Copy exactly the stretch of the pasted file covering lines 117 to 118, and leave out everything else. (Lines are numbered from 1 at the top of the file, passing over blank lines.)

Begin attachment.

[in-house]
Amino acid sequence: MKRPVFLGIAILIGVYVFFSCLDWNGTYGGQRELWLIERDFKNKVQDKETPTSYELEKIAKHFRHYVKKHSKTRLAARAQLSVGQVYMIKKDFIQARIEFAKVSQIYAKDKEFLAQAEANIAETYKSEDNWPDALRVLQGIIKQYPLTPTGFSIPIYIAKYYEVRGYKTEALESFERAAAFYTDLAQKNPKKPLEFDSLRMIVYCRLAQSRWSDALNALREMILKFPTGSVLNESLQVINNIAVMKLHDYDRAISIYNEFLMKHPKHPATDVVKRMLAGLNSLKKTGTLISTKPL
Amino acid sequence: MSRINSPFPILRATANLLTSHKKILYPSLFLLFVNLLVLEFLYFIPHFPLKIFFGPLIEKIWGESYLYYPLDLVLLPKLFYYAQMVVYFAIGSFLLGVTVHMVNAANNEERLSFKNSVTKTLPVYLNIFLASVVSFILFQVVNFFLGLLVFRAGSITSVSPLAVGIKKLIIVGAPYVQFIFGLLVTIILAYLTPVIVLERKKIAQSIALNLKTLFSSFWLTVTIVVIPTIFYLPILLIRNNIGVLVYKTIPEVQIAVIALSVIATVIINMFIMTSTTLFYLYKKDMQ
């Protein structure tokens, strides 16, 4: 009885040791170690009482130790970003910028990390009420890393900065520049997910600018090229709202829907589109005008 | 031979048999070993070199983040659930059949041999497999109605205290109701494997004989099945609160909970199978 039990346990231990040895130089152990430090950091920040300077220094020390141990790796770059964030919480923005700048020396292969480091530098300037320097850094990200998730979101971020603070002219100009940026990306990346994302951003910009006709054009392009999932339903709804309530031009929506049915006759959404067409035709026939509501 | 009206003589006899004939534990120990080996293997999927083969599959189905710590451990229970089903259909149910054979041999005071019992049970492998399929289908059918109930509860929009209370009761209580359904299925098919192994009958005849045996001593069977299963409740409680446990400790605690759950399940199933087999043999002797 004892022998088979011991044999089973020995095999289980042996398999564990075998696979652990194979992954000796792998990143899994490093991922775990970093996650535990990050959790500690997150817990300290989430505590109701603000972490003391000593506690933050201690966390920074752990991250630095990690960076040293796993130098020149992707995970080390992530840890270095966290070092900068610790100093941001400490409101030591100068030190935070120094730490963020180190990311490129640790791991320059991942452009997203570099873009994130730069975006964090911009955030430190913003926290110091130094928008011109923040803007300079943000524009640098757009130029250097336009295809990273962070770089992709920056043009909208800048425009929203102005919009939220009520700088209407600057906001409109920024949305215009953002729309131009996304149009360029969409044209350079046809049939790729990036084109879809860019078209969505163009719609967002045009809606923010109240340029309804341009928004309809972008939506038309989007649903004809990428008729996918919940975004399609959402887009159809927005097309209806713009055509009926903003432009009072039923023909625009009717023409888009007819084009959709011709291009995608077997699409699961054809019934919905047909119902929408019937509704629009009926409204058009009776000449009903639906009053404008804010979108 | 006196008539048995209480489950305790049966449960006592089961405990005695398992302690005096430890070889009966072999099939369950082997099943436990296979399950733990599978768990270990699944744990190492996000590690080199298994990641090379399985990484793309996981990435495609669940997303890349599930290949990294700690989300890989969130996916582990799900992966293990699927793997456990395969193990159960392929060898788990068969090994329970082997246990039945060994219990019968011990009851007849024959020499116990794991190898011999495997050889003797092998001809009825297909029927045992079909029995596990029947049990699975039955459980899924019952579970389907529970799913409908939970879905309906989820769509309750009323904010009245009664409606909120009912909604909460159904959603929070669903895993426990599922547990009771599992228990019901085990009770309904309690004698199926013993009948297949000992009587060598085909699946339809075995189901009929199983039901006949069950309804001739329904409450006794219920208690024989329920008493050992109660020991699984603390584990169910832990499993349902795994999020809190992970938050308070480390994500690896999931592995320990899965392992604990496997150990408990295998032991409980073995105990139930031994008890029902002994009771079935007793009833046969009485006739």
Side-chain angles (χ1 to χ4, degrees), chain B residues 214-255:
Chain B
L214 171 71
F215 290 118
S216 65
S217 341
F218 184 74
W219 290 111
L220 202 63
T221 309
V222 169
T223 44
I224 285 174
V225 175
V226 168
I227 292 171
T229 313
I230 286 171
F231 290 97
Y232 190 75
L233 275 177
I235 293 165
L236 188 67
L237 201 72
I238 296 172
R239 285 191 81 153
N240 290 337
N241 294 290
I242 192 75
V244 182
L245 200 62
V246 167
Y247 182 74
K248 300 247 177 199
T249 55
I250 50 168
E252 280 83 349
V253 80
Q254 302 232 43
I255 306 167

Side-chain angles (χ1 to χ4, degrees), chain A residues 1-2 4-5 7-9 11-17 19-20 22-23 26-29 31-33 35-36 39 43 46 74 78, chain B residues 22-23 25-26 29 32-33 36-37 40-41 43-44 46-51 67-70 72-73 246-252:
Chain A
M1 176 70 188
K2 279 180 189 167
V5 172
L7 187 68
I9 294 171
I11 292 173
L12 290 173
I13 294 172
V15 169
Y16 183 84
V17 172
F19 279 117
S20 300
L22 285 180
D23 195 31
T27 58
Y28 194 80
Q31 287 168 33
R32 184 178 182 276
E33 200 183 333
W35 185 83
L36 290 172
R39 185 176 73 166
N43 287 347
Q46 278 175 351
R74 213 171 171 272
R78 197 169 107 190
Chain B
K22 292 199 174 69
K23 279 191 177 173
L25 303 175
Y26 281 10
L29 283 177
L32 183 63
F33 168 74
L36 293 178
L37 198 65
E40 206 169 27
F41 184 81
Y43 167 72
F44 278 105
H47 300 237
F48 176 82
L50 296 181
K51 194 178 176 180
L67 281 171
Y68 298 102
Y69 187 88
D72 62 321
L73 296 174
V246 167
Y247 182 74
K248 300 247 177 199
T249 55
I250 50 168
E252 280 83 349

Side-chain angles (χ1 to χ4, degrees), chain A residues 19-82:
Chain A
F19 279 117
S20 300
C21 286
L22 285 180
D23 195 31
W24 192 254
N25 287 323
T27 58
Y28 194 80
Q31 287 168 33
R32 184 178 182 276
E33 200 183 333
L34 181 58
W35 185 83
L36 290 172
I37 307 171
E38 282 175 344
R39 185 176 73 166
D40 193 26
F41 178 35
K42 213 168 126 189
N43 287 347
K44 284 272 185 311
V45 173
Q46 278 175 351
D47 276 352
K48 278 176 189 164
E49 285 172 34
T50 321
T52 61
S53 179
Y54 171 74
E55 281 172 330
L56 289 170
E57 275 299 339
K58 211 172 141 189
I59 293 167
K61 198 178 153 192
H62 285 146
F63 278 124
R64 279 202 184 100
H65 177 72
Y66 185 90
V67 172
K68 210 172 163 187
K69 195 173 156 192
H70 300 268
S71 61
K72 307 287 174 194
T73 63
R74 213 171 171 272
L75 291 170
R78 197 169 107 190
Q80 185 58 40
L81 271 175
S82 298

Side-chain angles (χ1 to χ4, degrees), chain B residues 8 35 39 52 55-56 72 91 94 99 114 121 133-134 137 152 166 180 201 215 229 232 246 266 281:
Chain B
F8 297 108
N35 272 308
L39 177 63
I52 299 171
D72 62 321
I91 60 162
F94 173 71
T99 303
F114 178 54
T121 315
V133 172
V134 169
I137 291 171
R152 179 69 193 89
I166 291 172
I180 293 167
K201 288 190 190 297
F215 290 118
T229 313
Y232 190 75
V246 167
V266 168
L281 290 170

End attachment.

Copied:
L34 181 58
W35 185 83